News: Low-cost investments fade away with few homes below £150,000

Fri, 07 Jan 22

Landlords adopting a strategy of buying cheap in search of high yields are having a tougher task in finding the right properties.

Savills says there are now relatively few locations where average house prices are still below £150,000 - there’s been a 28 per cent fall in the number of homes in this price range as a result of high capital appreciation in the past two years.

Savills has analysed average house prices in local wards across Britain, calculating average house prices in the year to the end of September. 

In total it looked at 8,694 wards where there were at least 10 sales in the year under review.

Only 873, or roughly 10 per cent, now have an average house price below £150,000.

Just five of those are in the South of England - specifically Great Yarmouth, East Suffolk and Fenland. None remain in London, the South East or South West.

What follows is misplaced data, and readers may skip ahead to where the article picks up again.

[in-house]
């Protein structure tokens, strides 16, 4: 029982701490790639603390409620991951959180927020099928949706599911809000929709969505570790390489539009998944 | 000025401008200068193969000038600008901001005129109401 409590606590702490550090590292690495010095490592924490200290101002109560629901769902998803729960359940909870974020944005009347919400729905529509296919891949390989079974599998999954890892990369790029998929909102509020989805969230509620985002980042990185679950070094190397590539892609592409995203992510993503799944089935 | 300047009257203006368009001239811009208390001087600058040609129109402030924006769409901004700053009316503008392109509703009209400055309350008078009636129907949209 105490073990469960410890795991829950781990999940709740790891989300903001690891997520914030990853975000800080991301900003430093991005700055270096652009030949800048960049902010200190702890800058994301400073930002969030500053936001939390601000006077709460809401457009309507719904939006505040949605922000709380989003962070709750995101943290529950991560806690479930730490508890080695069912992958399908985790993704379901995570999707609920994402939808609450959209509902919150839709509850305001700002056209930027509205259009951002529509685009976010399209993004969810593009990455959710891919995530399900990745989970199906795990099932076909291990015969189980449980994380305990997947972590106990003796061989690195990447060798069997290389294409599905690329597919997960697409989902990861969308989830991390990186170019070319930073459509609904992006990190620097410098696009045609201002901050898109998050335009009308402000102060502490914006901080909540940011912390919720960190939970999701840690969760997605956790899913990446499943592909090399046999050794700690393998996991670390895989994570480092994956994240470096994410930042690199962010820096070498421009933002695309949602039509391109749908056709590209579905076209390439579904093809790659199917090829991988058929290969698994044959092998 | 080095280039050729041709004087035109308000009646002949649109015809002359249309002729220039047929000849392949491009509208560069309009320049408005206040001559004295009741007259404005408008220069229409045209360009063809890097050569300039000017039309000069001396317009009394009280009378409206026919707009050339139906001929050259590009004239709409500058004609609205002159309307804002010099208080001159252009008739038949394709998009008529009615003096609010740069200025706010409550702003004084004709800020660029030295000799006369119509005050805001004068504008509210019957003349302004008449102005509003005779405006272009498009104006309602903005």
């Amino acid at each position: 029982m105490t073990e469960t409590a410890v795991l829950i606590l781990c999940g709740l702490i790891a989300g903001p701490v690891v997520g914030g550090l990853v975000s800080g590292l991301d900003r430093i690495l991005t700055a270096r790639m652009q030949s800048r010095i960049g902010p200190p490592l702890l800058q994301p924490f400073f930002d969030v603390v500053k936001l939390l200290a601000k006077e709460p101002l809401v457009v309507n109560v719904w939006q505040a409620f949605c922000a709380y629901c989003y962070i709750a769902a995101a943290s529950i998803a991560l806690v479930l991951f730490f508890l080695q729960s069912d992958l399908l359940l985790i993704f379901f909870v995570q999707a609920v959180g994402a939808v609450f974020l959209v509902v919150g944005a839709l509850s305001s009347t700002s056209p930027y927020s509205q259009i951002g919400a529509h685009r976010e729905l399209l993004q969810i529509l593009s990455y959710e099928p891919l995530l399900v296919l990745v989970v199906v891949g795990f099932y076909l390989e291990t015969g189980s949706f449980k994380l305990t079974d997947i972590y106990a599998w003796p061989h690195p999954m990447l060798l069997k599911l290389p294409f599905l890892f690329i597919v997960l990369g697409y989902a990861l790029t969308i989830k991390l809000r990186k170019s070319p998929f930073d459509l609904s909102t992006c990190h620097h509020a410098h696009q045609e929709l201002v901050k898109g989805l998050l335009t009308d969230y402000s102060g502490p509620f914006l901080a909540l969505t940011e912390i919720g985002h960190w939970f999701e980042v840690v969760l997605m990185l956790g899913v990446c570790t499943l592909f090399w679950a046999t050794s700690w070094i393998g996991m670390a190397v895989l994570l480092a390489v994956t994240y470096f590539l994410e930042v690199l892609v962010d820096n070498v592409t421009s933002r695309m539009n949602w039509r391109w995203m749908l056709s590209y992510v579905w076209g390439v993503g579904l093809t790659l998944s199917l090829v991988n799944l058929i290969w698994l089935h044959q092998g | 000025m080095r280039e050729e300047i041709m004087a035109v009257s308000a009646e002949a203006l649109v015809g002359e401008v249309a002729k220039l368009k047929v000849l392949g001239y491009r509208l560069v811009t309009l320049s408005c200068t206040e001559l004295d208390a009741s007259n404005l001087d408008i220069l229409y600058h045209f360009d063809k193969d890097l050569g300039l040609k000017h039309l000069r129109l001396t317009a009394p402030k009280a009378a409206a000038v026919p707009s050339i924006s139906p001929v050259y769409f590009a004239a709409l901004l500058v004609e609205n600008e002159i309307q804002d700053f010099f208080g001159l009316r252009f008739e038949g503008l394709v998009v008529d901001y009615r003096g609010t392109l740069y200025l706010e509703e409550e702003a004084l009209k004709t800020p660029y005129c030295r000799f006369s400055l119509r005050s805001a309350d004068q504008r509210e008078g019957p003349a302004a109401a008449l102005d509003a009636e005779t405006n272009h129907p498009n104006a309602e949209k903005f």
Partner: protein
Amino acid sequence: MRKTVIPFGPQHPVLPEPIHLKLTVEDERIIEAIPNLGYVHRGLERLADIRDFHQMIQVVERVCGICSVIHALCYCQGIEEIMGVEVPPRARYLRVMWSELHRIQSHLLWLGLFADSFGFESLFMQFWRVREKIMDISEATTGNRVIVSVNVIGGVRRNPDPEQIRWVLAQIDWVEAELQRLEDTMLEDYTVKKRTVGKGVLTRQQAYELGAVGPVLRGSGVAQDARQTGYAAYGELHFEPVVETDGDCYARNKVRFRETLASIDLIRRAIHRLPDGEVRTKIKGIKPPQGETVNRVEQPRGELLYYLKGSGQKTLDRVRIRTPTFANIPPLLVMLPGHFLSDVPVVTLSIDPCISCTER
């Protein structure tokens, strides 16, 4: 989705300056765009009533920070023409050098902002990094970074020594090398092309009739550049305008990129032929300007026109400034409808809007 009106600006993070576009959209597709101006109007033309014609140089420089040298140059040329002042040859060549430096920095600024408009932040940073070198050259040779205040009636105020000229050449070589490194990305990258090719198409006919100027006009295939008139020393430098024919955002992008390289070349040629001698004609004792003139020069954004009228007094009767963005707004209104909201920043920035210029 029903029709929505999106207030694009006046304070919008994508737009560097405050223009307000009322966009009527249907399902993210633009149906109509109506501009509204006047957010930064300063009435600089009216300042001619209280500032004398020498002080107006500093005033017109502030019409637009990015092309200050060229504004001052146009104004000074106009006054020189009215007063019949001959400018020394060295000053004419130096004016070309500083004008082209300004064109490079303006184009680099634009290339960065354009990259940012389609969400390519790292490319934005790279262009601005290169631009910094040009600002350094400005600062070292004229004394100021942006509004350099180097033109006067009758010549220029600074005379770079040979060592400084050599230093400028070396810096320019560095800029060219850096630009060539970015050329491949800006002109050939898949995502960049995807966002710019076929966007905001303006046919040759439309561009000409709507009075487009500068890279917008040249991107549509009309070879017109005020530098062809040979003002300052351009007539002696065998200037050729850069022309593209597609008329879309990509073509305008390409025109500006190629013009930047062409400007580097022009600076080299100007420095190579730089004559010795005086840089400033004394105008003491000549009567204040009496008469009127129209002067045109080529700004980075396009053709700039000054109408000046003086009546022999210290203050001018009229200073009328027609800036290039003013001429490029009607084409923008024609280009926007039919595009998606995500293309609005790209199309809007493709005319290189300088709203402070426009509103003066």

Meanwhile, in the North East of England, the proportion of wards where the average house price is below £150,000 has fallen below 50 per cent for the first time - although at 48 per cent it has the highest of any region.



By contrast, the number of wards where the average sale price was over £500,000 increased by 38 per cent from 889 in 2020 to 1,224 in 2021. 

This included a 19 per cent increase in London where the average sale price was over half a million pounds in 63 per cent of its 635 local markets.

Outside of London the number of wards with an average sale price of over £500,000 increased by a much greater 48 per cent, with a 34 per cent increase in number across the South East of England - meaning that one in three locations across the region saw the average sale price exceed this benchmark.

Savills describes as “astonishing” the fact that the South West experienced a 146 per cent increase in the number of wards where the average house price exceeded £500,000, such that they accounted for more than 10 per cent of 1,013 wards in the region. 

This growth was led by Devon, Somerset - including Bath - and Gloucestershire, particularly in locations favoured by those moving out of urban settings during the pandemic. 

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